An updated Maps app will make it easier to set frequent locations, like home or work addresses, and then navigate there. Users will also be able to create groups of frequent places and add a photo to them. The current interface for navigating to suggested or past destinations can sometimes be confusing. This will increase competition with Google Maps and Waze apps
The current interface for navigating to suggested or past destinations can sometimes be confusing? (Duh) Increase competition with Google Maps and Waze? (Really?)
Collection Eddy Cue outlined Apple Maps 2.0 as a dual approach of using anonymous iOS device data and Apple Maps vans to collect data while getting faster updates from devices vs. the next scheduled drive:
“The truth is that Maps needs to be [updated more], and even are today,” says Cue. “We’ll be doing this even more with our new maps, [with] the ability to change the map in real time and often… In the new map infrastructure, we can change that relatively quickly. If a new road opens up, immediately we can see that and make that change very, very quickly around it…”
In short: Traffic, real-time road conditions, road systems, new construction and changes in pedestrian walkways are about to get a lot better in Apple Maps.
TechCrunch Apple is rebuilding Maps from the ground up June 29, 2018
High quality in-house map data collection is a vital step, but there are limitations. The Google Maps Japan meltdown proved that even Google can’t do it all when they dropped premier Japanese map data supplier Zenrin. Japan has very high density urban areas and very remote rural areas that cannot be effectively mapped from a van no matter how much fancy recording equipment it has. Zenrin has a 1,000 person ‘ground truth’ team just for mapping those kind of places on site, on foot.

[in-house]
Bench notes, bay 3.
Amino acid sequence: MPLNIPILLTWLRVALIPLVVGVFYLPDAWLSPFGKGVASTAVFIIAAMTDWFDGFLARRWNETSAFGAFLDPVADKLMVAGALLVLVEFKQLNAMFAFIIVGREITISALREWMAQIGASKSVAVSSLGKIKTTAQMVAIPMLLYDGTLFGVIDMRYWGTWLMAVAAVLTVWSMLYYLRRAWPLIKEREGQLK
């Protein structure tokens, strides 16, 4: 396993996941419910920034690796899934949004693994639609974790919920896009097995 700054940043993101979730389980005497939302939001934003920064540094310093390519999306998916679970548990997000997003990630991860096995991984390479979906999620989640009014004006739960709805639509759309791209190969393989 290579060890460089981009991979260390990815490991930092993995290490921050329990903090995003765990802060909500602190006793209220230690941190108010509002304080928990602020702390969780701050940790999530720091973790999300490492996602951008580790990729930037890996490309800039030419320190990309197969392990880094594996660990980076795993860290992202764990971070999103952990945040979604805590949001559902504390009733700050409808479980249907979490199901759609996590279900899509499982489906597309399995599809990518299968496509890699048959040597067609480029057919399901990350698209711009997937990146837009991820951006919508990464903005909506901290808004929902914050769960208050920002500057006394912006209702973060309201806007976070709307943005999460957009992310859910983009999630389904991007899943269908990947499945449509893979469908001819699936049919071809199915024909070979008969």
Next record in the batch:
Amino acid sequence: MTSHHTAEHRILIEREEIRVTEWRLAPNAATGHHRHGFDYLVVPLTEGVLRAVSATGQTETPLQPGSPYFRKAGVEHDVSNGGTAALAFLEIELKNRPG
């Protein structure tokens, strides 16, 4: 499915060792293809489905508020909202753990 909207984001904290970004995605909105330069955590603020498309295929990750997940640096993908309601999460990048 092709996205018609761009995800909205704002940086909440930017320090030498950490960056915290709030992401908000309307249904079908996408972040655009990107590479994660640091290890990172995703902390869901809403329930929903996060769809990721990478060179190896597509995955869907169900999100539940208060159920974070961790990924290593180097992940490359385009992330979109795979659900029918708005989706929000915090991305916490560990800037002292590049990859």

Processing Panzarino explained at length how the high-resolution image data collection effort fits with Apple’s in-house data qualification toolkit to identify problem areas with machine learning, so that the human team can quickly vet problems and update corrected map data for the trouble area:
The coupling of high-resolution image data from car and satellite, plus a 3D point cloud, results in Apple now being able to produce full orthogonal reconstructions of city streets with textures in place. This is massively higher-resolution and easier to see, visually…This is hugely important when it comes to the next step in Apple’s battle for supremely accurate and useful Maps: human editors.
Apple has had a team of tool builders working specifically on a toolkit that can be used by human editors to vet and parse data, street by street.
Many hundreds of editors will be using these tools, in addition to the thousands of employees Apple already has working on maps, but the tools had to be built first, now that Apple is no longer relying on third parties to vet and correct issues.
And the team also had to build computer vision and machine learning tools that allow it (Apple) to determine whether there are issues to be found at all.
There we have it: Apple is using in-house machine learning and no longer relies on 3rd party vetting or correction. How is that working out? Answer: not so great. At least in Japan. Let’s take a quick look around the Ikegami Honmonji Temple area.
Example #1: Ikegami Hall is completely missing in the map view even though it is in the satellite view.
Example #2: Duplicate Five-story Pagoda pin locations. The Manji character marked one is correct while the grey one from Foursquare is the wrong location and duplicate information that needs to be removed. <Kudos to Apple here for respecting local culture and using the traditional Manji character, while Google Maps resorts to censorship>